Archive for the ‘ Creativity ’ Category

Untitled IX

A tale untold in words
Made known in actions of love or hate
This story will unfold
Until its hero shall meet his fate

He walks through life unseen
So he tries to make those who don’t see him
See who he really is
But his choices become his trap

Living each day in fear now
He tries to understand why he must
Undo every wrong he has committed
And still be no one at all.

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Rachelle gets creative in the kitchen

So my mom asked me to cook dinner for 13 people. Of course, being that I love cooking, I obliged. The cuisine she picked happened to be my favourite to cook: Mediterranean. The menu: Greek salad, Greek-style carrots, spanakopita, another type of spanakopita made of mushrooms and parmesan, a Mediterranean chicken dish, and dolmades. After acquiring all the ingredients, I began my quest at 11:30pm last night. I went to bed just before 4am and continued cooking for a couple hours in the afternoon. All in all, it was a fun and easy job, mostly because it was very organized. Everyone enjoyed the food immensely, and there are plenty of leftovers which makes me very pleased (my mom had me make enough food for 25 people instead of 13…).

For this particular cooking adventure I invented two recipes. The first is a form of spanakopita, but instead of spinach and feta it has mushrooms and parmesan and a very interesting flavour due to the sundried tomatoes. The second is a Mediterranean-style chicken dish, which ironically I can’t fully eat because I recently decided to change my diet to vegetarian. Nonetheless, it results in quite possibly the moistest chicken you’ve ever tasted.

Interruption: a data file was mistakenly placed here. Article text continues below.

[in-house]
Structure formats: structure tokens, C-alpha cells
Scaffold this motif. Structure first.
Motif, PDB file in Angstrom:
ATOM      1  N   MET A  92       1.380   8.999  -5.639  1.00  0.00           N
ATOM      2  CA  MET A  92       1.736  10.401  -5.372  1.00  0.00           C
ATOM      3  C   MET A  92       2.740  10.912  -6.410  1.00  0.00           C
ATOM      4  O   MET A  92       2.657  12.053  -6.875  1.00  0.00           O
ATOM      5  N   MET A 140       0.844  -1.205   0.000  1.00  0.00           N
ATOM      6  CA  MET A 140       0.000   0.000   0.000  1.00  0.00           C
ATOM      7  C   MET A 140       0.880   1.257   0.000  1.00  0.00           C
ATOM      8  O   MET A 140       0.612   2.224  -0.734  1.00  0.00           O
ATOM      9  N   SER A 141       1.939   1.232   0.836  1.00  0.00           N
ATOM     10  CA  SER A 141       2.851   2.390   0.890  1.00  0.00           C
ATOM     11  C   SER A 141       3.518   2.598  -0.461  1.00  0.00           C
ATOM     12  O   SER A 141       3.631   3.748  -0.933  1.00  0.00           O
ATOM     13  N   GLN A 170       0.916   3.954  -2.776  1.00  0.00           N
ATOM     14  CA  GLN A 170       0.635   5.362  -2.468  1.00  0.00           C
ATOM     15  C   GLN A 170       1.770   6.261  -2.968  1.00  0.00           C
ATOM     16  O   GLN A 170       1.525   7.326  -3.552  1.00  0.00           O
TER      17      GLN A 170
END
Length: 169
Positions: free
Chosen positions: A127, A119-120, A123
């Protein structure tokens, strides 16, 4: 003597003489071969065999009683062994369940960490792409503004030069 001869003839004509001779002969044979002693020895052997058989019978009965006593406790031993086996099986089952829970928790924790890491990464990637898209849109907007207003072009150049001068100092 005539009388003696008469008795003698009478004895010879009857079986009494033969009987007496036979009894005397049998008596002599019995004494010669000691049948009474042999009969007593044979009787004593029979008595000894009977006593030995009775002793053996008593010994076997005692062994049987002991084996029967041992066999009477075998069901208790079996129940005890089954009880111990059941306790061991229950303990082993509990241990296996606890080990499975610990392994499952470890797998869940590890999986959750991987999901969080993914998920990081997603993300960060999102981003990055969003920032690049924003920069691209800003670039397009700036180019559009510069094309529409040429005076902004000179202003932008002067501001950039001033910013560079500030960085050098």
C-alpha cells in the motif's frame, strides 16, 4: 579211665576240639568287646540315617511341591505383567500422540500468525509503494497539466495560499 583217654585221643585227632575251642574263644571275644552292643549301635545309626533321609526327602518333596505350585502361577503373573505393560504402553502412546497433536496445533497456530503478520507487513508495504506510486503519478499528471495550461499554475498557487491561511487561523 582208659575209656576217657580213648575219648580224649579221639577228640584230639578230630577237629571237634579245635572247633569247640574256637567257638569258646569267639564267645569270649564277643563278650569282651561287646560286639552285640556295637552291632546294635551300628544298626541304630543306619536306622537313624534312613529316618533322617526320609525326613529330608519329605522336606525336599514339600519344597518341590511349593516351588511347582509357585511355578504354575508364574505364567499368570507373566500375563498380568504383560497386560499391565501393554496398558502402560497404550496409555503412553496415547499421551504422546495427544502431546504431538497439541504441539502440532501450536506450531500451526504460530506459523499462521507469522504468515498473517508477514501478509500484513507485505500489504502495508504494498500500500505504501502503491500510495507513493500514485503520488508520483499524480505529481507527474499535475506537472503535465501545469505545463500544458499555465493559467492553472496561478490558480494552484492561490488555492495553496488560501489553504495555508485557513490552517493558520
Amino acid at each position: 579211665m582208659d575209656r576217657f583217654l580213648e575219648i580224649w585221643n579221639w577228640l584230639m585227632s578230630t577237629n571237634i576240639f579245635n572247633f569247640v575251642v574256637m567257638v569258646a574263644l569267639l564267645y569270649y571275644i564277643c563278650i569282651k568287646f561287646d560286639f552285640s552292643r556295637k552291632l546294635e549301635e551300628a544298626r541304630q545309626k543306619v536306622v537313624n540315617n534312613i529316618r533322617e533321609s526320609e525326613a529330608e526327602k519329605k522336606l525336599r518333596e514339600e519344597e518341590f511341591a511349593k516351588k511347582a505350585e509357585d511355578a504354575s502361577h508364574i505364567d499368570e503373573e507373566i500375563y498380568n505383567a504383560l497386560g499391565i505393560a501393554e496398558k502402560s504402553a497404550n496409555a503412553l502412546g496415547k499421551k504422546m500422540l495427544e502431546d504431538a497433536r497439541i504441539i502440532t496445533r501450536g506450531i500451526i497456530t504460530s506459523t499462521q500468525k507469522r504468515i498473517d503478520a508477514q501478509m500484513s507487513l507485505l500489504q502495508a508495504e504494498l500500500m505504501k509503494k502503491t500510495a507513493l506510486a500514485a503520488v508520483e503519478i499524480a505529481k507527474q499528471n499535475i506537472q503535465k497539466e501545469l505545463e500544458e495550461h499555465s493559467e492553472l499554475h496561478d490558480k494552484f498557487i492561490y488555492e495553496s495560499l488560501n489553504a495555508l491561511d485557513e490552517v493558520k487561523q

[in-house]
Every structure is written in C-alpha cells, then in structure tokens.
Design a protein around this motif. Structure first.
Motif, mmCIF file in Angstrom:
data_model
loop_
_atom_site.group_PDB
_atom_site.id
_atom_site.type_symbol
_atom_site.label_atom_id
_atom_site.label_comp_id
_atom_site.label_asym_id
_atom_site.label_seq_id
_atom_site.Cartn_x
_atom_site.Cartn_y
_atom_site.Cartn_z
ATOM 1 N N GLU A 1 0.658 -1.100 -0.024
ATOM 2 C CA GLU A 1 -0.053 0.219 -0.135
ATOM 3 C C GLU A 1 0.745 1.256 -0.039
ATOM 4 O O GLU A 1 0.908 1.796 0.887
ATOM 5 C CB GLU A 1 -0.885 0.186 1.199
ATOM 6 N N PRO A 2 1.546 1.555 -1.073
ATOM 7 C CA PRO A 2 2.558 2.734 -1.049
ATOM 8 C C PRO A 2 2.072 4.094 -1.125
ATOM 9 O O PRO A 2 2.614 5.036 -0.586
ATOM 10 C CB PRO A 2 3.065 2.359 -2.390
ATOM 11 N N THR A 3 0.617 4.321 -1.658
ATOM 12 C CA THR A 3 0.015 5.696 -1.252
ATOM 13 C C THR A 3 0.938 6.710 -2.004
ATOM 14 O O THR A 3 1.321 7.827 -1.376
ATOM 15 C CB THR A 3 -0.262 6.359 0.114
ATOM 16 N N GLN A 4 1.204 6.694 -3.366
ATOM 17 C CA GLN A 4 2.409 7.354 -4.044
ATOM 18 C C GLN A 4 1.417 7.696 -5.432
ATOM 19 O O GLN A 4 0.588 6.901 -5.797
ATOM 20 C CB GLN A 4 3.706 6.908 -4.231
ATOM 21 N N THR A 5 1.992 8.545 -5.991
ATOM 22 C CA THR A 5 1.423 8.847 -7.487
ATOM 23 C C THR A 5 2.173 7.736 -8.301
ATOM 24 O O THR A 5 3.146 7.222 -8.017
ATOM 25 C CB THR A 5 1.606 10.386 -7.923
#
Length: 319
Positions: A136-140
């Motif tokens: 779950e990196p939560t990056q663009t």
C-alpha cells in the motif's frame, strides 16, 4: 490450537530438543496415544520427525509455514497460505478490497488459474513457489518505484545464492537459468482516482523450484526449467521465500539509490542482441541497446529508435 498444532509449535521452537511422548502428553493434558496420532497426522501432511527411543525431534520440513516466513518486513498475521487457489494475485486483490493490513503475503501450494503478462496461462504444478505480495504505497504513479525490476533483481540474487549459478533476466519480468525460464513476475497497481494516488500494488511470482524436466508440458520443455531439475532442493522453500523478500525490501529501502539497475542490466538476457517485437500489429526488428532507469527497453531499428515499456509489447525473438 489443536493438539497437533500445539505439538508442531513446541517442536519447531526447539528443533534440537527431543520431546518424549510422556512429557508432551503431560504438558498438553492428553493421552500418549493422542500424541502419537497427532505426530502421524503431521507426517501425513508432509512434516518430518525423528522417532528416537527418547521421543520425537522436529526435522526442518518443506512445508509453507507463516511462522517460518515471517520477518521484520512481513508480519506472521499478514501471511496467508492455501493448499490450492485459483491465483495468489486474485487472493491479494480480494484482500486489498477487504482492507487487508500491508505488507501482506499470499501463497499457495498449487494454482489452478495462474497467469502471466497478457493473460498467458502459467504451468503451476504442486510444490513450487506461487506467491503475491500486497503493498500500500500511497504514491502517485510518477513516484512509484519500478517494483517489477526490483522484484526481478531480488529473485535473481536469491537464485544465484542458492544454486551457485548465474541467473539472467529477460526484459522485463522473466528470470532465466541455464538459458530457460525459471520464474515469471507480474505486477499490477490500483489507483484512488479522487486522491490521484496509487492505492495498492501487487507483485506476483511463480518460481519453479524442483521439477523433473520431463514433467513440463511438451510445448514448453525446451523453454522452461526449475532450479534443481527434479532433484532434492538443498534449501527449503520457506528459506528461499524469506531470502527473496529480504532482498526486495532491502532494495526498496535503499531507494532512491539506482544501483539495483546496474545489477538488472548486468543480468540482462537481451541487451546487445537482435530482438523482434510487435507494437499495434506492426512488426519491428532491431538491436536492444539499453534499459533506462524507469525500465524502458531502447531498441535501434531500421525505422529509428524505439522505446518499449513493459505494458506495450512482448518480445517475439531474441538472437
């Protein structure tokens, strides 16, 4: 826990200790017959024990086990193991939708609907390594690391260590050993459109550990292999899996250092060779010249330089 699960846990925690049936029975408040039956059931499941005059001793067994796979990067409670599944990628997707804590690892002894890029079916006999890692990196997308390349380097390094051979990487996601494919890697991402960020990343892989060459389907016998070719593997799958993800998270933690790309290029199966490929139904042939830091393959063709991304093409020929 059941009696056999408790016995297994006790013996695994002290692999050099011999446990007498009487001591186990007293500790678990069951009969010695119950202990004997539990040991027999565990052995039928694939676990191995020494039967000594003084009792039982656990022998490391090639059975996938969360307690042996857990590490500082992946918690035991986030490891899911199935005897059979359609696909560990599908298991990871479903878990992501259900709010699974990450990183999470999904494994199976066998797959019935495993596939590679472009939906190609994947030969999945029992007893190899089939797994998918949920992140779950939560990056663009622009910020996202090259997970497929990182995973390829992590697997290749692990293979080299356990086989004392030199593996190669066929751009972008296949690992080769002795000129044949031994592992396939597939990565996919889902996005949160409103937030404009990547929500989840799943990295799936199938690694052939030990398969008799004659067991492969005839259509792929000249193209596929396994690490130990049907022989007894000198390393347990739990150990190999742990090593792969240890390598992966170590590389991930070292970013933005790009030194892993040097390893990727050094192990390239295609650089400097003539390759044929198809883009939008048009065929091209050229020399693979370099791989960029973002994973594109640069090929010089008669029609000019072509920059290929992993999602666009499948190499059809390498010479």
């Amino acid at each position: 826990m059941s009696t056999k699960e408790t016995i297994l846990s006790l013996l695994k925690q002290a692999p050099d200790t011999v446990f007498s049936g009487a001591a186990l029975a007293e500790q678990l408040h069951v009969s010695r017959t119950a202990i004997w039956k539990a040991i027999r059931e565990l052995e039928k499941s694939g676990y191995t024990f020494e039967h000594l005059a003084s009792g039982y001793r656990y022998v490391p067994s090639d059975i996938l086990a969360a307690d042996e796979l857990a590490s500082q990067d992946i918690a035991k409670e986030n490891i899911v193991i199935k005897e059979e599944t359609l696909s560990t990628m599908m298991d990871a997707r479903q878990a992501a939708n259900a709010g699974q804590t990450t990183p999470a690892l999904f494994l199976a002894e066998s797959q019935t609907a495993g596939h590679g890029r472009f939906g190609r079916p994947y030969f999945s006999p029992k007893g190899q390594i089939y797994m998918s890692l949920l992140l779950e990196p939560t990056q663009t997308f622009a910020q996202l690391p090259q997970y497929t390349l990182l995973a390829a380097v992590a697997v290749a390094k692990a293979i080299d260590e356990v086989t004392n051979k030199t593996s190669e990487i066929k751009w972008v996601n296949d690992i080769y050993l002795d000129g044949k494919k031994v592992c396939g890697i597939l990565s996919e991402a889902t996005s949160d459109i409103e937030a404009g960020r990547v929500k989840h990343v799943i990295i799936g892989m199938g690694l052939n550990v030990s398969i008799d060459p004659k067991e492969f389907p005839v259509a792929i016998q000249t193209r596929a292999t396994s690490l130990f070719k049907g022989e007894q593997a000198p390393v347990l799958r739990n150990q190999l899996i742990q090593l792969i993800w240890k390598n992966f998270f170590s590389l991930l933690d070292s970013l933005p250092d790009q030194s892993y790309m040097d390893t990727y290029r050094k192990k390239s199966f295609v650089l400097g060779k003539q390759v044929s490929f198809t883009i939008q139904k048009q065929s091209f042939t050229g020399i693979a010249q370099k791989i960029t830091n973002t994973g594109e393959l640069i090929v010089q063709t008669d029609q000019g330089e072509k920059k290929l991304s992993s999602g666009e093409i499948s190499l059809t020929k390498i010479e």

Mushroom & Parmesan Phyllo

  • 1 pkg phyllo sheets
  • 1 pkg frozen spinach, chopped
  • 2 Tbsp olive oil
  • 1 med onion, finely chopped
  • 4 Tbsp parsley, finely chopped
  • 1/2 cup sundried tomatoes, julienned
  • 6 cups various mushrooms, sliced
  • 1 1/2 cups grated parmesan cheese
  • 3 eggs, beaten
  • 1/2 cup butter
  1. Heat the oil in a large pot. Sauté onions until tender. Add mushrooms and cook until tender. Add spinach and cook until tender.
  2. Remove from heat. When cooled, stir in parsley, sundried tomatoes, parmesan cheese, and eggs.
  3. Melt the butter and grease the bottom of a 12 x 8 casserole dish.
  4. Cut phyllo sheets in half. Place one sheet of phyllo in the dish and spread butter on top. Continue placing another sheet on top, spreading butter until half of the sheets are used up.
  5. Pour the mushroom mixture on top.
  6. Continue layering phyllo and butter until the remaining half of the sheets are used up.
  7. Cut into sections, without cutting all the way through to the bottom of the pan.
  8. Bake in preheated oven at 375 degrees for 40 minutes, or until top is golden.
  9. Makes 10-12 medium servings.


Mediterranean-style Chicken

  • 16 chicken thighs or 8 chicken breasts, deboned and de-skinned
  • 1/2 cup olive oil
  • 3 each red and yellow potatoes, cut into wedges
  • 1 pepper, red or yellow or orange, not green, cut into bite-sized chunks
  • 1/4  large red onion, sliced
  • salt and pepper
  • 1 cup crumbled feta cheese